A gay-rights flag outside the U.S. Supreme Court. Credit: Diego M. Radzinschi / NLJ

Familiar dividing lines are taking shape in a new federal appeals court case from Missouri that confronts the scope of workplace protections for gay, lesbian and bisexual workers.

Major U.S. companies including Microsoft Corp., Airbnb Inc., eBay Inc., and Viacom Inc. are backing the worker, a health care specialist named Mark Horton who sued St. Louis-based Midwest Geriatric Management for allegedly pulling his job offer when they discovered he is gay.

Meanwhile, conservative states lined up against liberal-leaning states, and the U.S. Equal Employment Opportunity Commission threw its support to Horton, whose case is pending in the U.S. Court of Appeals for the Eighth Circuit. Horton lost in the trial court.

Horton’s case tackles a question that has divided other courts and been left unresolved by the U.S. Supreme Court: whether sexual orientation should be considered sex discrimination under federal civil rights laws.

The Supreme Court has two petitions that tee up that question. The most recent ruling, from the en banc Second Circuit, said Title VII of the federal Civil Rights Act does shield gay and lesbian workers from discrimination.

In Horton’s case, friend-of-the-court briefs have piled up in recent weeks. What follows is a snapshot of some of the arguments being made.

>>> Big business: A coalition of 47 companies and organizations—many representing the tech, retail and financial sectors—”support the notion that no one should be passed over for a job, paid less, fired, or subject to harassment or any other form of discrimination based on nothing more than their sexual orientation, which is inherently sex-based.” The companies on the brief are represented by Quinn Emanuel Urquhart & Sullivan and the Missouri firm Klar, Izsak & Stenger. The brief, mirroring others that have been filed in federal appeals cases, argued that excluding gay workers from Title VII protections, “has wide-ranging, negative consequences for businesses, their employees, and the U.S. economy.”

>>> EEOC: The EEOC’s arguments are not novel, but they incorporate some of the newest appeals court rulings that have tested the scope of LGBT protections. The agency’s brief pointed to the Second Circuit’s ruling in Zarda v. Altitude Express, where the full court ruled against the company. Lawyers for the company have petitioned the Supreme Court. “An employer cannot identify an employee as gay or lesbian, and therefore cannot engage in sexual orientation discrimination, without considering that employee’s sex in relation to the sex of the persons to whom the employee is attracted,” EEOC lawyers wrote. Also from the brief: “Imagine an employer that receives identical emails from Mark Horton, a male writing about his male partner, and ‘Mary’ Horton, a female writing about her male partner. The employer rescinds Mark’s job offer but not Mary’s. In this scenario, only the employee’s sex has changed, but this one change makes all the difference to the employer. Thus, the employer’s conduct fails the Supreme Court’s ‘simple’ test for sex discrimination: ‘whether the evidence shows ‘treatment of a person in a manner which but for that person’s sex would be different.’” An open question in Horton’s case is whether the U.S. Justice Department, which lined up against the EEOC in the Second Circuit, will take a stand.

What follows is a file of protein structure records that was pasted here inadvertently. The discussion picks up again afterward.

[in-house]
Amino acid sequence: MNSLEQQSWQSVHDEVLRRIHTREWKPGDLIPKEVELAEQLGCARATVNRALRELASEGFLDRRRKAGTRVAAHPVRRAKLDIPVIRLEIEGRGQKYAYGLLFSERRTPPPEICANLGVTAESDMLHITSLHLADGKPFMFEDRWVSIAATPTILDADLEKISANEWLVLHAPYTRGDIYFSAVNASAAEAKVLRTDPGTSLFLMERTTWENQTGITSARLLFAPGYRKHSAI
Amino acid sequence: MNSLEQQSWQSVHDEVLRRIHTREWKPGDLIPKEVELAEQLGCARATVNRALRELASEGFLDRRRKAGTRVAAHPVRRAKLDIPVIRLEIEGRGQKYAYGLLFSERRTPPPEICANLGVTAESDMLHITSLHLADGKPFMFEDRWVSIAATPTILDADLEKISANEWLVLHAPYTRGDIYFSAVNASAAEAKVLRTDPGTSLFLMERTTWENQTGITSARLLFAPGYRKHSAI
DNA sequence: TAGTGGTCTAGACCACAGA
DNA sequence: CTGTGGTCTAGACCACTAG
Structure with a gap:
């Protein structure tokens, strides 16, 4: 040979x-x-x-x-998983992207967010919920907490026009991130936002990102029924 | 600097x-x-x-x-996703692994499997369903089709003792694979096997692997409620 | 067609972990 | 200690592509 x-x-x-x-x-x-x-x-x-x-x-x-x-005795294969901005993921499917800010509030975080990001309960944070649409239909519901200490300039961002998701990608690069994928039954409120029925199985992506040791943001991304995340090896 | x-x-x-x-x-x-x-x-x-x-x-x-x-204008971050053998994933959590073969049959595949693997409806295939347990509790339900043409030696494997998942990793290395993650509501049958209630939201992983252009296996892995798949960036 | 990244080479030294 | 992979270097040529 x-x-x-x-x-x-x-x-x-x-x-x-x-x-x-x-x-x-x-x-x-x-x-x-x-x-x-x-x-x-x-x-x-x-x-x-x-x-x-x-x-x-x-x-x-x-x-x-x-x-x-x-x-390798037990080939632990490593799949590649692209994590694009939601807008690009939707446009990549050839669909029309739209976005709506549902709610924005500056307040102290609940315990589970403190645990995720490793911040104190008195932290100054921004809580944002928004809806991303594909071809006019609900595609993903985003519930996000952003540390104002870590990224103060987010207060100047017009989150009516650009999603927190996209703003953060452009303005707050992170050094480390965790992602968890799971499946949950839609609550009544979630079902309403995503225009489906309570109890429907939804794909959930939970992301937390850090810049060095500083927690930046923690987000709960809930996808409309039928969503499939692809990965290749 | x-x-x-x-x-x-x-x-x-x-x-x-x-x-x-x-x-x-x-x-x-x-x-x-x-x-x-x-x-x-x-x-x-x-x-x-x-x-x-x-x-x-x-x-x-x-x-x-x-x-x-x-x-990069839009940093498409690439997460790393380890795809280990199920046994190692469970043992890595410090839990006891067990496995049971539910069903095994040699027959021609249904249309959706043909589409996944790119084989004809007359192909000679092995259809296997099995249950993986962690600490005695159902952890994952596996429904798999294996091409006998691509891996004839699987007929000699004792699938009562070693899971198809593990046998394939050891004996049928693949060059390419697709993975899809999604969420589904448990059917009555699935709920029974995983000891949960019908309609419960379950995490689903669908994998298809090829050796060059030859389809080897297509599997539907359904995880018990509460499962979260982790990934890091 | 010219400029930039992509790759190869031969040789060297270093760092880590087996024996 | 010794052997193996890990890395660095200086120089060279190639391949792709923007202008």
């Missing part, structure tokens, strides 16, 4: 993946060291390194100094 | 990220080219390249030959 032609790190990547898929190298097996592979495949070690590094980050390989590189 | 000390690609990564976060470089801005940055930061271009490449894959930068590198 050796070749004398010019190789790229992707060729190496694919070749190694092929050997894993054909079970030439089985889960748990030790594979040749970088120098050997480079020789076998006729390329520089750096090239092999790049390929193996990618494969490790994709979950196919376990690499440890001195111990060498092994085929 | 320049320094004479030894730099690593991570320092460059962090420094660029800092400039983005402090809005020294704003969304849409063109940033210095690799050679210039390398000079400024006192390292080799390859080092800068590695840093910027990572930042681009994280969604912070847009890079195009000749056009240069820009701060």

>>> Conservative states: Arkansas, Louisiana, Michigan, Missouri, Nebraska, Oklahoma, South Dakota and Texas jointly filed a brief supporting Midwest Geriatric Management, represented by the St. Louis firm Lewis & Rice. “From 1964 until very recently, Title VII’s prohibition of discrimination based on ‘sex’ was understood by all to mean discrimination based on whether an employee is biologically male or female,” lawyers for the states said in their amicus brief. “Despite numerous attempts by litigants to expand the scope of Title VII to include discrimination based on sexual orientation, the Courts of Appeals were uniform in limiting the statute to its original meaning. Congress, aware of these rulings, has declined on numerous occasions to amend Title VII to cover sexual orientation discrimination.” The states said they “have an interest in ensuring that the federal judiciary does not usurp the prerogatives of the judicial branch by overturning decades of settled understanding of the meaning of federal law, especially when that meaning has been repeatedly ratified by Congress.”

>>> Liberal states: The District of Columbia and 15 states—including California, Connecticut, Illinois, Maryland, Massachusetts, New Jersey, and New York—urged the Eighth circuit panel to embrace the Second and Seventh circuits, which both recognized anti-discrimination protections under Title VII for gay and lesbian workers. “Recognizing the significant harms that result from such discrimination, many of the Amici States have enacted laws to prohibit sexual orientation discrimination in the workplace,” lawyers for the states wrote in their brief. The attorneys wrote in the brief: “The Supreme Court has routinely recognized that, to effectuate the remedial purposes of Title VII, the statute’s reach includes conduct that was not always recognized as falling within its scope, such as sexual harassment and gender stereotyping claim.”


Read more:

New Petition at SCOTUS Confronts Scope of LGBT Workplace Protections

EEOC Takes ‘Zarda’ LGBT Win on the Road to Another US Appeals Court

US Appeals Court Ruling Highlights ‘Evolving Nature’ of Title VII Protections

How PwC Handled Its First Transgender Employee Transition in the Workplace

Trump’s EEOC General Counsel Pick Wants New Focus on Individual Cases, Not Systemic


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